Securitization: Towd Point lifts European ABS hopes
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Securitization: Towd Point lifts European ABS hopes

New cross-continental buyer base emerges; worries over broker-dealer exits, covered-bond trend.

Europe’s largest asset-backed securities deal for almost a decade is a sign of the sector’s growing potential, say securitization bulls, despite broker dealers exiting the sector and a renewed tendency for covered bonds in the eurozone.

Investors flocked back to the market in secondary trading, say analysts, after delaying purchases in anticipation of the impact on spreads of a deal in early April that was widely expected, unusually large and ultimately oversubscribed. 

US private equity firm Cerberus is retaining 5% of the £6.2 billion deal, called Towd Point. The transaction helped Cerberus refinance its £13 billion purchase in November of mortgages originated by nationalised UK lender Northern Rock, including £12 billion of loans previously in the Granite RMBS vehicle (Cerberus initially sold £3.3 billion of the portfolio to TSB Bank in November). Bank of America Merrill Lynch, Credit Suisse, Lloyds Bank, Morgan Stanley and Natixis led the issue.

It demonstrated not just the size of the European ABS investor base, say bankers, but also its increasingly cross-border character. “We saw a lot of international names buying in sterling to support Towd Point; that’s an increasing trend,” says Matt Cooke, managing director in the DCM Securitized products group at Lloyds. 


Nationwide Building Society’s £1 billion-equivalent triple tranche deal in February, in which a dollar tranche accounted for 20% of the total, is further evidence of the market’s growing internationalization, says Cooke. Earlier this year, Virgin Money issued its first securitization with a dollar tranche, accounting for about a third of the deal. “This is important, as before the crisis in most of the large transactions by big master trusts, around 40% would have been sold in the US and around 30% in euros,” says Cooke.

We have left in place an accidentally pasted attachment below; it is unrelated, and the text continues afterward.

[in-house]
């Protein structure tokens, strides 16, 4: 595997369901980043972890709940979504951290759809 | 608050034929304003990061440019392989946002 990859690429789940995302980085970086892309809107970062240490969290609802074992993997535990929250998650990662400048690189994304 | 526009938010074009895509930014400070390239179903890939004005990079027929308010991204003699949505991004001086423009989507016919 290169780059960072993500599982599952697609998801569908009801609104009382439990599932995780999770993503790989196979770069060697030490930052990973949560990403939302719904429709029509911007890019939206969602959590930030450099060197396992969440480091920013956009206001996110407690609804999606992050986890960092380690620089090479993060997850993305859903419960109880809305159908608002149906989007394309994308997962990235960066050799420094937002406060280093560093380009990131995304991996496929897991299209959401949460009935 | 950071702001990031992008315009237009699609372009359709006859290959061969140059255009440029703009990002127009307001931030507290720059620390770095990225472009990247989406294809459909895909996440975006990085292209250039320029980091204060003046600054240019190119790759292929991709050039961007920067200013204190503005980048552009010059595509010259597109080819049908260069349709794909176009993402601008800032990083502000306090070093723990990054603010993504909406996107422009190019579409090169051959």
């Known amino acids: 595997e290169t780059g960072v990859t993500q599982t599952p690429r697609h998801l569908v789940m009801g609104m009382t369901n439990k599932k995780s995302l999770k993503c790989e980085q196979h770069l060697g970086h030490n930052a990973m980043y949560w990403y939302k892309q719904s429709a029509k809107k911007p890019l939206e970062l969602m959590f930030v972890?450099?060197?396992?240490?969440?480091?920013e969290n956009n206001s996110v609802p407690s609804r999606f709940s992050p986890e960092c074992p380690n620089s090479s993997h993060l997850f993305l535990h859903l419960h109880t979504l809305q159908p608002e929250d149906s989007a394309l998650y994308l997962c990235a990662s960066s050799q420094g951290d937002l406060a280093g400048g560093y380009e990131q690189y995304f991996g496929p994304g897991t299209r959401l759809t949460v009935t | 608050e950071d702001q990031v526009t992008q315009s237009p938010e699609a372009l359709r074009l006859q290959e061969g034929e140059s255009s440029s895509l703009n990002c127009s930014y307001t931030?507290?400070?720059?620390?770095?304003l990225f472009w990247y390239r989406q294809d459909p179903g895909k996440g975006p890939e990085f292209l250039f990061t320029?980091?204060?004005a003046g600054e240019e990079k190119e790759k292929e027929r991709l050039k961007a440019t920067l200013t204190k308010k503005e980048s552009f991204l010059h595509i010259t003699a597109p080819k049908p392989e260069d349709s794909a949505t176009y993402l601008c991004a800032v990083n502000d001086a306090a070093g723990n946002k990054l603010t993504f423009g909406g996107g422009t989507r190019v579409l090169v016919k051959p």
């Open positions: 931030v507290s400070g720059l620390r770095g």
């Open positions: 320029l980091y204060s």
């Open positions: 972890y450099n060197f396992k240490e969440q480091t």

After years of smaller and more parochial deals, it could take a year or two to re-educate foreign buyers in the European residential-mortgage backed securities market, but Cooke says US familiarity with European deals is growing again with each new transaction sold in dollars. Securitizations backed by UK prime collateral are also a good place for non-European buyers to start, he says, as the performance is more transparent and generally better across the cycle. 

However, industry insiders warn Cerberus’ deal had some uncommon advantages, as investors were quite comfortable with the risk and eager to buy back in after the outstanding Granite notes were redeemed at par in December.

“The deal’s reception suggests there was pent-up demand for European securitizations, but it’s also an idiosyncratic situation; this was a well-seasoned portfolio,” says Alexander Batchvarov, international structured finance analyst at Bank of America Merrill Lynch in London. 

First quarter issuance Europe Q1 2010 to Q1 2016

Towd Point’s 63,000 borrowers have around 15 years left on the mortgage on average, and owe an average of £77,000, notes Douglas Charleston, portfolio manager at TwentyFour Asset Management. The deal’s three-year call date made hedging currency risk easier for non-sterling investors, he says.

Meanwhile, talk in the market is that a small number of Japanese investors filled much of the order book in a pre-placement. It is not the first time yield-starved Japanese buyers have looked beyond their liquidity-drenched home to European securitization, says one banker. But smaller or lower-yielding issuance might find it harder to tap Japanese institutions, which have a reputation for lengthy credit-approval processes. 

Data from Dealogic shows European RMBS issuance more than doubled in 2015 to an equivalent of more than $31 billion, while RMBS issuance in the year to late April more than tripled year on year. 


The ECB’s policies have been more successful in pushing down covered bond yields, making securitization relatively less attractive for eurozone issuers, Batchvarov says. Along with growth in Dutch whole-loan sales, the impact of Solvency II rules also makes bankers and issuers downbeat on securitization in the Netherlands, the biggest continental European securitization market. Covered bond issuance surpassed securitizations for the first time last year in the Netherlands, according to the Dutch central bank.

Batchvarov says the closure of European securitization trading desks, most recently at Credit Suisse in March, is triggering a vicious circle: lowering liquidity and discouraging issuance, which brings down liquidity further and prompts more banks to exit. But Cooke says other banks are entering or re-entering. Lloyds itself has managed third-party deals in the primary ABS market for less than four years, for example. “We’ve had the busiest first quarter we’ve ever had,” he says.

Cooke thinks international buyers could help the UK recovery jump to continental Europe, where Lloyds is originating deals. He hopes small and medium-sized enterprise securitizations will start to proliferate too. A deal for UK online marketplace lender Funding Circle, launched in April, could be another beginning. “If securitizations can facilitate funding for online platforms that originate good quality loans for SMEs, that’s very positive for the market,” says Lynn Maxwell, global head of securitization at HSBC.

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